Whilst this is an account of James' journey to fund-raising, it reminded me of the the importance of human-to-human relationships in business, even in the face of digital intermediaries.
Stakeholders (whether they're a prospect, an existing client, or just someone you're looking to influence) are too often packaged into buying personas, and nurtured through a funnel, which often takes the shape of:
This is all good and well if you're selling a product, but if you're selling a service, or you're selling your knowledge, you have to treat your stakeholder as a person, not simply as a buying persona. This is where relationships come in, and where human-to-human interaction is critical. In such scenarios, people don't typically arrive at buying decisions from funnels alone, there is almost invariably a human-to-human relationship that was paramount in engineering the situation.
In James' case - from one human to another, he successfully delivered an authentic story through an inspiring experience; moving the needle for him to go all guns blazing on his start-up, Sanctus.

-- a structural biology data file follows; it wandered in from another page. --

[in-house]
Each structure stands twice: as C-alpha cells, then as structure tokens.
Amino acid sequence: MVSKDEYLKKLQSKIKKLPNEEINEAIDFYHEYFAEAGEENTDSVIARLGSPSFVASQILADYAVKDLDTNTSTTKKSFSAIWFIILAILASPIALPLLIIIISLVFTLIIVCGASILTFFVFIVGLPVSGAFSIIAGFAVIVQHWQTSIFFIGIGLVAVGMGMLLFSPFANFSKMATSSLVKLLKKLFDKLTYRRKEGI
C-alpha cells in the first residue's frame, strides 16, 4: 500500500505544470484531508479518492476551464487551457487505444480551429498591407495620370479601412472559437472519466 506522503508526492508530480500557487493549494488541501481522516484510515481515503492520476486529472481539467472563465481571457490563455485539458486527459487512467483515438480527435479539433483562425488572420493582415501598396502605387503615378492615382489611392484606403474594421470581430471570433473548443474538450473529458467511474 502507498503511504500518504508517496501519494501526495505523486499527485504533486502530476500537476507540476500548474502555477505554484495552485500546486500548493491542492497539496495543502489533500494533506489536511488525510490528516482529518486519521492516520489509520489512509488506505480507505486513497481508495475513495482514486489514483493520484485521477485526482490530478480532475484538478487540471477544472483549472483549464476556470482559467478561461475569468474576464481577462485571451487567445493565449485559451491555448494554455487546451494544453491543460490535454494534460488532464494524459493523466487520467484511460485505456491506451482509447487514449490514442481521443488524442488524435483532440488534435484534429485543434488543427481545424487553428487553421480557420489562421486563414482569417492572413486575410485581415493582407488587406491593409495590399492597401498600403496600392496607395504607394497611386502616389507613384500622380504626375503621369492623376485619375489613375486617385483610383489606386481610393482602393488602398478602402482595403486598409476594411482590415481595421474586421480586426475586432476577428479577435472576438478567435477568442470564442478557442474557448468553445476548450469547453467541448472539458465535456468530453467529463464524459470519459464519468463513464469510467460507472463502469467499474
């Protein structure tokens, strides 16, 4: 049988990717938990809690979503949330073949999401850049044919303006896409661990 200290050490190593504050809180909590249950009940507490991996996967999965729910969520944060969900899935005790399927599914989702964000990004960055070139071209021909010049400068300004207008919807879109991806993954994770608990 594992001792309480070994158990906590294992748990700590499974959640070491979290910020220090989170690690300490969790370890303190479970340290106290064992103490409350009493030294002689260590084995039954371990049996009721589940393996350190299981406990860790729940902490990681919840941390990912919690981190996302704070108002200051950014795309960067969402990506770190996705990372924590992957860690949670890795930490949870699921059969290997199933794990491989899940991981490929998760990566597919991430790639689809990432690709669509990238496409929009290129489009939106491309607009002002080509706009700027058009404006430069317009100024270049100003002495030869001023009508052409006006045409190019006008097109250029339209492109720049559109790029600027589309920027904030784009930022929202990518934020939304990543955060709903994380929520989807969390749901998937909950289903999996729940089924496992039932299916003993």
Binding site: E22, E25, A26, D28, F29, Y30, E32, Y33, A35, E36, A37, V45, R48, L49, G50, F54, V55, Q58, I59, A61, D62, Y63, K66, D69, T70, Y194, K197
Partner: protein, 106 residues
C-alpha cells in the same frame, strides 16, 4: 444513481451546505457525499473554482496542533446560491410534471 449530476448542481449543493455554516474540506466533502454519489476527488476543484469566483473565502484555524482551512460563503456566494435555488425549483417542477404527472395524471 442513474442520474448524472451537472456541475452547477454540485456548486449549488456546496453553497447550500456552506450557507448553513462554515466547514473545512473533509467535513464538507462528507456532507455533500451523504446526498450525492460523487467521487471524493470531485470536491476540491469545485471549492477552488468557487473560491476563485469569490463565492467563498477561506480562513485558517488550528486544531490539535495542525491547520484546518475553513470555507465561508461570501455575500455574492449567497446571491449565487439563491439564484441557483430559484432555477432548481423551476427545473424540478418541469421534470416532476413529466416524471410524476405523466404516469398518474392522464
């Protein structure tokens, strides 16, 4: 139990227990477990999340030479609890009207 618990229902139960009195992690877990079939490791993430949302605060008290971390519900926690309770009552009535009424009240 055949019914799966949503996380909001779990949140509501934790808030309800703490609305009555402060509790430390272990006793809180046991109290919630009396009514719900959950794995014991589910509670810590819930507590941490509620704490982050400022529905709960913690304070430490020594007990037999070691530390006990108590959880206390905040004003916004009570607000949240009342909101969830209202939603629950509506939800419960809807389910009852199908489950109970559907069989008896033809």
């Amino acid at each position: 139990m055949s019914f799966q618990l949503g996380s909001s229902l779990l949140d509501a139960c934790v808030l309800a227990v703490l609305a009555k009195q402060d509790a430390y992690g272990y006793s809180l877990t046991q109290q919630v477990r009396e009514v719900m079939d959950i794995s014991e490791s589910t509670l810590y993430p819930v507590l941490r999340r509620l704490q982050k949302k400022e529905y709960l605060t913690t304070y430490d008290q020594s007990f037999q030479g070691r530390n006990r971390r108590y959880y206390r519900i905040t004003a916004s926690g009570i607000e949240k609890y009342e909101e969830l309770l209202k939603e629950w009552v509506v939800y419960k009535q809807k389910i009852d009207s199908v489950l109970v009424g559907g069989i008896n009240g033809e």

The real power lies in doing this at scale, with unfaltering regularity. If you can get your colleagues regularly engaging with their key stakeholders, you're onto a winner.
Here’s the story of how I got given £20,000 to work on the first year of Sanctus. It’s a story worth sharing. In February 2016 I wrote a blog post called mental health in startups, it got 10,000 views in 2 days and I got over 500 personal messages about mental health. Post-blog post was a bit of a blur; I wrote in The Guardian shortly afterwards and started getting asked to speak on panels and give talks about mental health in the startup world. It all happened very fast.